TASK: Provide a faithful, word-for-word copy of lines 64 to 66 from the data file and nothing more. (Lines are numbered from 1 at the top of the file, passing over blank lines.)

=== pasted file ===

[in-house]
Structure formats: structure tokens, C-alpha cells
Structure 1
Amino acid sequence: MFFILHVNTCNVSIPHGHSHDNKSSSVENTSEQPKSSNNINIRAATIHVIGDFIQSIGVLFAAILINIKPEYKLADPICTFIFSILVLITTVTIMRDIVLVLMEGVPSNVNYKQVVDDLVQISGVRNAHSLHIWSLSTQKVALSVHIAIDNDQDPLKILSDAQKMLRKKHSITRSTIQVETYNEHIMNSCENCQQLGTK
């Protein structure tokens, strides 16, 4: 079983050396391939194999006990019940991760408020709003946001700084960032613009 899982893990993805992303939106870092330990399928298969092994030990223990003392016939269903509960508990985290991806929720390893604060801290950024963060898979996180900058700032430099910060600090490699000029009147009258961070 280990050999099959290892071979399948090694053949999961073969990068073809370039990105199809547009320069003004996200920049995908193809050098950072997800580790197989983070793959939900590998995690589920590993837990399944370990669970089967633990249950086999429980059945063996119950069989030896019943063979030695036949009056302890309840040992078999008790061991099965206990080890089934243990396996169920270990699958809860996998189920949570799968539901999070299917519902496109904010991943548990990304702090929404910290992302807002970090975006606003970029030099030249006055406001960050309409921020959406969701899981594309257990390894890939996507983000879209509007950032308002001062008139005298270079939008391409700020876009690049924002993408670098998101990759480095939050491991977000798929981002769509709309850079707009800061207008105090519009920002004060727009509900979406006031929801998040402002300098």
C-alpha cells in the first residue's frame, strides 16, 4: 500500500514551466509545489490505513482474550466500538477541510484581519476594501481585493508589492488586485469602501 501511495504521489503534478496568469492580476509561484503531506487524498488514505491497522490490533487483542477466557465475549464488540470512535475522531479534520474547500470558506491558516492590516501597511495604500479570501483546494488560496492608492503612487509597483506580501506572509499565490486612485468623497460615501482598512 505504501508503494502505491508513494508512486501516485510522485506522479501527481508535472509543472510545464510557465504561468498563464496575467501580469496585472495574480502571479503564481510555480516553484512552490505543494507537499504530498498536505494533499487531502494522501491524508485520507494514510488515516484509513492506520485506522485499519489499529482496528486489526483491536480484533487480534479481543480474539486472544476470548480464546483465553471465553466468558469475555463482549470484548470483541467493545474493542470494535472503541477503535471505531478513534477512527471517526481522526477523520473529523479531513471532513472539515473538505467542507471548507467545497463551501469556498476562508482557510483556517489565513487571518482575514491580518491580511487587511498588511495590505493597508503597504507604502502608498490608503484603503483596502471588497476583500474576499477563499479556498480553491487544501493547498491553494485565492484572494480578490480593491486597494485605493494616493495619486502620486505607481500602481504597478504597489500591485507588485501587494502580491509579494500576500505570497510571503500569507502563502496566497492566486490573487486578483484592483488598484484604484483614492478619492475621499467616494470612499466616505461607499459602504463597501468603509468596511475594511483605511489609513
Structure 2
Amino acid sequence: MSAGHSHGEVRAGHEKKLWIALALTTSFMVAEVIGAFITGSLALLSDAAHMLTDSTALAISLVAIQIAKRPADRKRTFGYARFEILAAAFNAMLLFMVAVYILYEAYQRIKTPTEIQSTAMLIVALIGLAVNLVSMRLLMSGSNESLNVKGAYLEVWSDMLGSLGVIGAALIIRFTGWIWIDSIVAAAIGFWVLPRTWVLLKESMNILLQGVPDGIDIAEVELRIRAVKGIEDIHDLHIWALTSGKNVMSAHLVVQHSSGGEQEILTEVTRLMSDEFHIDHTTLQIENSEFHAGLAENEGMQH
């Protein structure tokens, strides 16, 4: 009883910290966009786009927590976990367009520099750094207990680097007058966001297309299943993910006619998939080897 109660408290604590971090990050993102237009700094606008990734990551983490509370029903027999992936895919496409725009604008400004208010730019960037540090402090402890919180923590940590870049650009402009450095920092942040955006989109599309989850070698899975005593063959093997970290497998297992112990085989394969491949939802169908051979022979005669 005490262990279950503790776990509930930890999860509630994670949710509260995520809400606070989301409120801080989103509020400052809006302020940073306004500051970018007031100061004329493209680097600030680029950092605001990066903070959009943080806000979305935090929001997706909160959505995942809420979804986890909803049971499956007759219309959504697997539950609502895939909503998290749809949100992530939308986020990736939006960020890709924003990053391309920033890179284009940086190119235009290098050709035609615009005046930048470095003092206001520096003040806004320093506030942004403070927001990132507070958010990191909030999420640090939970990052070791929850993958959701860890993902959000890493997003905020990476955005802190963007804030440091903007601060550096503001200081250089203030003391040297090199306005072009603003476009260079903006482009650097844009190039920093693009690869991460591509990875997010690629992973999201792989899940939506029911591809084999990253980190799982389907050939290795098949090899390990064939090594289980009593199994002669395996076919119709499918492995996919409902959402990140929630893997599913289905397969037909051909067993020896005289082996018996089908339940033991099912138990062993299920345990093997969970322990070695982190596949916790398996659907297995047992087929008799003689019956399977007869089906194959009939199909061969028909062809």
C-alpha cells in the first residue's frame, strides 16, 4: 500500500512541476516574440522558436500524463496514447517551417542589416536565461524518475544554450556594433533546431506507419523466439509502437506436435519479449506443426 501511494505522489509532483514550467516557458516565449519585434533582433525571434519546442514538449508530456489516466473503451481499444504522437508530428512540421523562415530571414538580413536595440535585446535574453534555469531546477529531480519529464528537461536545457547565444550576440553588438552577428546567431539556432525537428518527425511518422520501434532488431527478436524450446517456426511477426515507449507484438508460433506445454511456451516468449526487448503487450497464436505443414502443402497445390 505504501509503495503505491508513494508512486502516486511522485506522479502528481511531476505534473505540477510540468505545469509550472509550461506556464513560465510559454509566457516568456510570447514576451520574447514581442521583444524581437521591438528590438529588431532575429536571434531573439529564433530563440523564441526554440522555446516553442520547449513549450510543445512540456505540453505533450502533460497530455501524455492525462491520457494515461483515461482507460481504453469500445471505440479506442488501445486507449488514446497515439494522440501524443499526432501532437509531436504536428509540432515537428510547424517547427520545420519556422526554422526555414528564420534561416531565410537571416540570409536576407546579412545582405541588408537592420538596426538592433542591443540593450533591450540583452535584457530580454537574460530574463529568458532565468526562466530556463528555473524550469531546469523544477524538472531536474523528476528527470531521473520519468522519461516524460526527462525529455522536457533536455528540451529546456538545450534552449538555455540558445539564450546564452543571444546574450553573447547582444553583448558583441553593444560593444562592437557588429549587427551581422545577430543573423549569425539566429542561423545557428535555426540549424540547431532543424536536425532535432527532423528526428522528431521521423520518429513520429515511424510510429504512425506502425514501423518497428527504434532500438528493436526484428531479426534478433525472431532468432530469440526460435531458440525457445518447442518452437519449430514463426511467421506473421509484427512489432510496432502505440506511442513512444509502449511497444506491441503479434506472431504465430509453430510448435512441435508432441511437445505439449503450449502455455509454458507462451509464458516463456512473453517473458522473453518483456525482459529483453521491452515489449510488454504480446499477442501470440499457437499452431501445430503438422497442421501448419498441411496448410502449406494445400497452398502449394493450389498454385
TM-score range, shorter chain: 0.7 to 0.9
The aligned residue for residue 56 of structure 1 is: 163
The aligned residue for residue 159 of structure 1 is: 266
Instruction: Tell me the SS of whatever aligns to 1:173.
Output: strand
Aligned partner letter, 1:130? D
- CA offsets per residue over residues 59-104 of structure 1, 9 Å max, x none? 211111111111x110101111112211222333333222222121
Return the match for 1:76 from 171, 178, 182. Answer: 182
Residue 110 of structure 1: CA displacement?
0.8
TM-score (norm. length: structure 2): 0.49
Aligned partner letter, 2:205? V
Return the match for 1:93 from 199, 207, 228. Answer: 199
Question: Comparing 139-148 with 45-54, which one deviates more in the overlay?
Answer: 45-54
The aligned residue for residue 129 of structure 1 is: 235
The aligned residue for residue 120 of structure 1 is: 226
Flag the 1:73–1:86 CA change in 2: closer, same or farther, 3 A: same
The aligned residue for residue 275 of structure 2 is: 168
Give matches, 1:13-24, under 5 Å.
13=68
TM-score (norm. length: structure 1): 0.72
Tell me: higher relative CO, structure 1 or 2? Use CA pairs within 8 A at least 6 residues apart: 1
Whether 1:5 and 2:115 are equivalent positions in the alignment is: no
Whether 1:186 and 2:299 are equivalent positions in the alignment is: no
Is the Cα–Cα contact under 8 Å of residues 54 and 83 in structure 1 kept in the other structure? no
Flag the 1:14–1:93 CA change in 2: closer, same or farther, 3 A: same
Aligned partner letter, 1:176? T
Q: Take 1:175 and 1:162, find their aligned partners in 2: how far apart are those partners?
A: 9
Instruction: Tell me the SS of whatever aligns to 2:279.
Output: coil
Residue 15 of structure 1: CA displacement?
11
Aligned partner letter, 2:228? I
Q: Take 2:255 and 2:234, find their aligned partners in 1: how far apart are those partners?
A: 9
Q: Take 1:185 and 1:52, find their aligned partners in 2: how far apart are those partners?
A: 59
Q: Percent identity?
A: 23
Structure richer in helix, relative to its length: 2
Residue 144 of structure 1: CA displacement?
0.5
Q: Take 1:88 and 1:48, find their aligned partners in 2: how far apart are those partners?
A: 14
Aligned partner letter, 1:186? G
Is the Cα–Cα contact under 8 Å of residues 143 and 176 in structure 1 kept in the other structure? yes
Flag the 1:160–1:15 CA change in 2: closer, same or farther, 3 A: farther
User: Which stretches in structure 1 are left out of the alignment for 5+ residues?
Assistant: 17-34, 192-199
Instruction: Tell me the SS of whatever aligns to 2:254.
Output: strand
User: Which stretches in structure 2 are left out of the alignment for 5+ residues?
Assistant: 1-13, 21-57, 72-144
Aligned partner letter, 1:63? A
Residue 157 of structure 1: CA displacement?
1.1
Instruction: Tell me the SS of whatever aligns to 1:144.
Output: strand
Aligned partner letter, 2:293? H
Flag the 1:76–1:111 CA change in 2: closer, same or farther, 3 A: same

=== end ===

User: Which stretches in structure 2 are left out of the alignment for 5+ residues?
Assistant: 1-13, 21-57, 72-144
Aligned partner letter, 1:63? A